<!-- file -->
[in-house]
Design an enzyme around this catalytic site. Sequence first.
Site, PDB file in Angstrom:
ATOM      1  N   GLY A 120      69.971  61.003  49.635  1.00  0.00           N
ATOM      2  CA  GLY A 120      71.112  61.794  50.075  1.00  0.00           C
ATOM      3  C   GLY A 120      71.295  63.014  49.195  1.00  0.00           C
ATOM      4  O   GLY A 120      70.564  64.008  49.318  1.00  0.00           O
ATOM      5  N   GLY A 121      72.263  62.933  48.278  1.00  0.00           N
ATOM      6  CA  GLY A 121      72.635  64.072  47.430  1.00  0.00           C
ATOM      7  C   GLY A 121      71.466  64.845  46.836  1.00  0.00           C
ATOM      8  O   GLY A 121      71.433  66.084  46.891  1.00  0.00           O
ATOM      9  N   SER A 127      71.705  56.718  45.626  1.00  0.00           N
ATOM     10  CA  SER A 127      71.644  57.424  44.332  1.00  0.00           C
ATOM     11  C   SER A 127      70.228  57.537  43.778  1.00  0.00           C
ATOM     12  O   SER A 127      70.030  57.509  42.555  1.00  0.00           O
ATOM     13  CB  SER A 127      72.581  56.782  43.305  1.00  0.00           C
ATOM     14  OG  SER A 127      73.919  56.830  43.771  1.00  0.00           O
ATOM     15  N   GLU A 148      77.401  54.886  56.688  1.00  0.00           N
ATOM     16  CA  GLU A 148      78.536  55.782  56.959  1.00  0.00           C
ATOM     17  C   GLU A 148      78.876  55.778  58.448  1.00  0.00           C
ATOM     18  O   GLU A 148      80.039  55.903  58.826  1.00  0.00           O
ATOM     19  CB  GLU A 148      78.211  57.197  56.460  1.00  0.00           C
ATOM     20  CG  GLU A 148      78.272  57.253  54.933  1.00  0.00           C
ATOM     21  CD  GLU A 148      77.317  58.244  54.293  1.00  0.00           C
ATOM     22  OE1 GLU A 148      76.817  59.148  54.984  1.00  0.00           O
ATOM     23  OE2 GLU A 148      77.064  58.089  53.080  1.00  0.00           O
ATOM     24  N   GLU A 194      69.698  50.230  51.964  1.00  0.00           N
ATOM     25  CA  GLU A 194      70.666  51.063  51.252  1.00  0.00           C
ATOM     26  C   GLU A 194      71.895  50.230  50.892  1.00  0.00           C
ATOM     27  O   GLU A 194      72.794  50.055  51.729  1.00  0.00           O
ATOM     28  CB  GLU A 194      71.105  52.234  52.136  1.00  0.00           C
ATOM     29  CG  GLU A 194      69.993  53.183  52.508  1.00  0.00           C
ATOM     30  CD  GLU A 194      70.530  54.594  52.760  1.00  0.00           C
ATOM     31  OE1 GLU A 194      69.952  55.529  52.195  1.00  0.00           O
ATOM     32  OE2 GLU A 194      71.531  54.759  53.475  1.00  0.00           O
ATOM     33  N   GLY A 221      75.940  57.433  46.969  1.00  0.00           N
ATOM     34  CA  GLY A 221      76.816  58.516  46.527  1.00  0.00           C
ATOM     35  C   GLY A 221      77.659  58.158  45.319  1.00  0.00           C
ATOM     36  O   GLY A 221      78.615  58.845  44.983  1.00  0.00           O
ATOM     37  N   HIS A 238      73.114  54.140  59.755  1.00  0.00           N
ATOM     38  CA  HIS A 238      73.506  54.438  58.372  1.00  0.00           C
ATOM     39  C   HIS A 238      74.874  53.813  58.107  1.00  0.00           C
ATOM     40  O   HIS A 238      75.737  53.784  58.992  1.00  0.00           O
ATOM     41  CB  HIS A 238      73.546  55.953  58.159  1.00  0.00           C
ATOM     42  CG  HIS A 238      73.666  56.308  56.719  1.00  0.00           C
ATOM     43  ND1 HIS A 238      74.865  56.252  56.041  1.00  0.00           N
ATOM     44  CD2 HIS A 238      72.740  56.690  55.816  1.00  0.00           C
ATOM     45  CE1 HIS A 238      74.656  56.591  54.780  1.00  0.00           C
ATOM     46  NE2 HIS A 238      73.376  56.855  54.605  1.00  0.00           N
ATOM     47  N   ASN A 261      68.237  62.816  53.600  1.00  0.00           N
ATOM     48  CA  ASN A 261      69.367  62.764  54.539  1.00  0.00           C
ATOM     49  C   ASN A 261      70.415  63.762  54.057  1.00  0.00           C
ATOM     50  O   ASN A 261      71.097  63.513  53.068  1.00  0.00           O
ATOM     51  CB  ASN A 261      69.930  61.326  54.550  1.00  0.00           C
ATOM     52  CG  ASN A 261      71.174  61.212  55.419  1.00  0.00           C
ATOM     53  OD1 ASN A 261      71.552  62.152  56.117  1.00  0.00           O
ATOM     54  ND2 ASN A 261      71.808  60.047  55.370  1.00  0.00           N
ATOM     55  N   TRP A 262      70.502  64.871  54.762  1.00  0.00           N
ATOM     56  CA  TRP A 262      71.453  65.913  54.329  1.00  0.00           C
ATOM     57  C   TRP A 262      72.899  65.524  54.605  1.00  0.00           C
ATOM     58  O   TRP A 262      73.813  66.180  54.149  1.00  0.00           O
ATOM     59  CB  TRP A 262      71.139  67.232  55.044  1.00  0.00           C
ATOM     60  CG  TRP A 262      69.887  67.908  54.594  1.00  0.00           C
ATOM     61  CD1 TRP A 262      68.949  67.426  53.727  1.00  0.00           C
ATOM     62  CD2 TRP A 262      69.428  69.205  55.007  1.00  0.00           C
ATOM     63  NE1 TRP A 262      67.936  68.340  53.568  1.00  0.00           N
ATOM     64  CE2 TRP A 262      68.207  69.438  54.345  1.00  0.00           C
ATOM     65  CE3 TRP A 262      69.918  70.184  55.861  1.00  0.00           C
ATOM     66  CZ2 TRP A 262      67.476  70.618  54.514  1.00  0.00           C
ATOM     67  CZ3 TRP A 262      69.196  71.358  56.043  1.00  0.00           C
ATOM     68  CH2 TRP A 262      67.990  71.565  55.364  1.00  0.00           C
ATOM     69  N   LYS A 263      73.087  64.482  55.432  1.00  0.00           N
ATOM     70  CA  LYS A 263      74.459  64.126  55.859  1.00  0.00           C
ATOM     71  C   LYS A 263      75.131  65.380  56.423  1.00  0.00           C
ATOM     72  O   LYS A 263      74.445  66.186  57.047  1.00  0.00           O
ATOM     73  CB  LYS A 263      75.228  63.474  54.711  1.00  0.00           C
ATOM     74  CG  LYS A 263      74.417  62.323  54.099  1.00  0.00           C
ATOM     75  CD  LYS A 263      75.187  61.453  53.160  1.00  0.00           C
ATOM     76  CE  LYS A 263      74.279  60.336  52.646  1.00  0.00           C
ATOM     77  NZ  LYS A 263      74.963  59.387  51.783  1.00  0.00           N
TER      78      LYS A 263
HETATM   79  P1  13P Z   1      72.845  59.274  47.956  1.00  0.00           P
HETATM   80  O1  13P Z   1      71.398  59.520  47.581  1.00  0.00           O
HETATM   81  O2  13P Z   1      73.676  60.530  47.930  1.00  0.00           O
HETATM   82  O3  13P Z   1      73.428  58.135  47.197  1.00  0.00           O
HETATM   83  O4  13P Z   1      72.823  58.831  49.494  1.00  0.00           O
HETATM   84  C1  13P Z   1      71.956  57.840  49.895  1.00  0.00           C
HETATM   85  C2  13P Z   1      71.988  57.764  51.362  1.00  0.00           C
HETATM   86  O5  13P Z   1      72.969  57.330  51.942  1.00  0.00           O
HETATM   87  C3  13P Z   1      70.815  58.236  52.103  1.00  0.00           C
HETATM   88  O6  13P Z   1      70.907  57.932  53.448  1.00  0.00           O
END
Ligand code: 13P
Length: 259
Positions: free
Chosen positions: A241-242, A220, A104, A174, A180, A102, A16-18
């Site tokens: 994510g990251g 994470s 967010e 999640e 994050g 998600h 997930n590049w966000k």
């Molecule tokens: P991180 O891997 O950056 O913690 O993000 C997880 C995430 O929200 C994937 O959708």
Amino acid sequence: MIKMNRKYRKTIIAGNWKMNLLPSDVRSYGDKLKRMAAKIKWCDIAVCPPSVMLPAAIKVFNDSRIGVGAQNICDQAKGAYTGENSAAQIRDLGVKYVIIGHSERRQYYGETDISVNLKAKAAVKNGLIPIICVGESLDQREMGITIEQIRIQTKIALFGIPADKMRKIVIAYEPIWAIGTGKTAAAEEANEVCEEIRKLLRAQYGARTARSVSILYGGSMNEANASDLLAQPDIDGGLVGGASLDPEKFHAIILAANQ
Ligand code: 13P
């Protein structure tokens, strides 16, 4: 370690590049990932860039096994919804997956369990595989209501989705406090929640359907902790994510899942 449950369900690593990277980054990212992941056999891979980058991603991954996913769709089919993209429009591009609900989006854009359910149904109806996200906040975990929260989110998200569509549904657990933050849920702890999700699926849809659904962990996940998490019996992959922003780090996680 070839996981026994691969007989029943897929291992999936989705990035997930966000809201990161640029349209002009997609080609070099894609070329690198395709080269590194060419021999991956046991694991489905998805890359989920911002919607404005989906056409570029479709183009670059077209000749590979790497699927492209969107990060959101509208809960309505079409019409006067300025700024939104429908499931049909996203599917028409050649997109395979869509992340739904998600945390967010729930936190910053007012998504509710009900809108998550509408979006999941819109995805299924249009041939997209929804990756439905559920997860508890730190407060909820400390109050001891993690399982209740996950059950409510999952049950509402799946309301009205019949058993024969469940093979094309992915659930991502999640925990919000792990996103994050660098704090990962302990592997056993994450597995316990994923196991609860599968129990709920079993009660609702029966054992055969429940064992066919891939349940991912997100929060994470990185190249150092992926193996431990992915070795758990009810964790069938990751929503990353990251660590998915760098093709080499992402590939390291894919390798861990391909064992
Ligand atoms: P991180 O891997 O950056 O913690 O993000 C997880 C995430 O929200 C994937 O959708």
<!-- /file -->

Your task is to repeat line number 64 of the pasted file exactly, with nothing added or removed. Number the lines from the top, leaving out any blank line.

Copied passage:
ATOM     61  CD1 TRP A 262      68.949  67.426  53.727  1.00  0.00           C